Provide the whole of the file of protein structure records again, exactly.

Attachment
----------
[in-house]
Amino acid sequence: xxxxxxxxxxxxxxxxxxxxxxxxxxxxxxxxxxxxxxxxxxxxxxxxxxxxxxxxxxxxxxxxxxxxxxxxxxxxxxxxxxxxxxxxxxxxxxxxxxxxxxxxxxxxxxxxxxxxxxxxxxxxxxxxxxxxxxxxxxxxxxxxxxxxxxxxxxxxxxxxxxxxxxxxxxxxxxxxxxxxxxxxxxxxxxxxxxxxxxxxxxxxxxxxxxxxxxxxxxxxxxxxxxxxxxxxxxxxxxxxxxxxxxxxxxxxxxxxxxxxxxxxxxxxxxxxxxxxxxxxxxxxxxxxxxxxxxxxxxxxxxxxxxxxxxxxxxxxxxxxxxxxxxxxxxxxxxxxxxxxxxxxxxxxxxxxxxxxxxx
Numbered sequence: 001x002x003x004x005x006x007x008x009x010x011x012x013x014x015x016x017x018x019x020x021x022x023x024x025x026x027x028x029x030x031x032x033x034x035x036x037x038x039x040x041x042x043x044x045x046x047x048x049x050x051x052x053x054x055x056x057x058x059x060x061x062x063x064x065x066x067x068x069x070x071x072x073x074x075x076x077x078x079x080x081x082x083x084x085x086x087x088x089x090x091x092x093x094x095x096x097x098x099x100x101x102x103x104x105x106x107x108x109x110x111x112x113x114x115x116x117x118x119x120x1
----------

[in-house]
Amino acid sequence: xxxxxxxxxxxxxxxxxxxxxxxxxxxxxxxxxxxxxxxxxxxxxxxxxxxxxxxxxxxxxxxxxxxxxxxxxxxxxxxxxxxxxxxxxxxxxxxxxxxxxxxxxxxxxxxxxxxxxxxxxxxxxxxxxxxxxxxxxxxxxxxxxxxxxxxxxxxxxxxxxxxxxxxxxxxxxxxxxxxxxxxxxxxxxxxxxxxxxxxxxxxxxxxxxxxxxxxxxxxxxxxxxxxxxxxxxxxxxxxxxxxxxxxxxxxxxxxxxxxxxxxxxxxxxxxxxxxxxxxxxxxxxxxxxxxxxxxxxxxxxxxxxxxxxxxxxxxxxxxxxxxxxxxxxxxxxxxxxxxxxxxxxxxxxxxxxxxxxxx
Numbered sequence: 001x002x003x004x005x006x007x008x009x010x011x012x013x014x015x016x017x018x019x020x021x022x023x024x025x026x027x028x029x030x031x032x033x034x035x036x037x038x039x040x041x042x043x044x045x046x047x048x049x050x051x052x053x054x055x056x057x058x059x060x061x062x063x064x065x066x067x068x069x070x071x072x073x074x075x076x077x078x079x080x081x082x083x084x085x086x087x088x089x090x091x092x093x094x095x096x097x098x099x100x101x102x103x104x105x106x107x108x109x110x111x112x113x114x115x116x117x118x119x120x1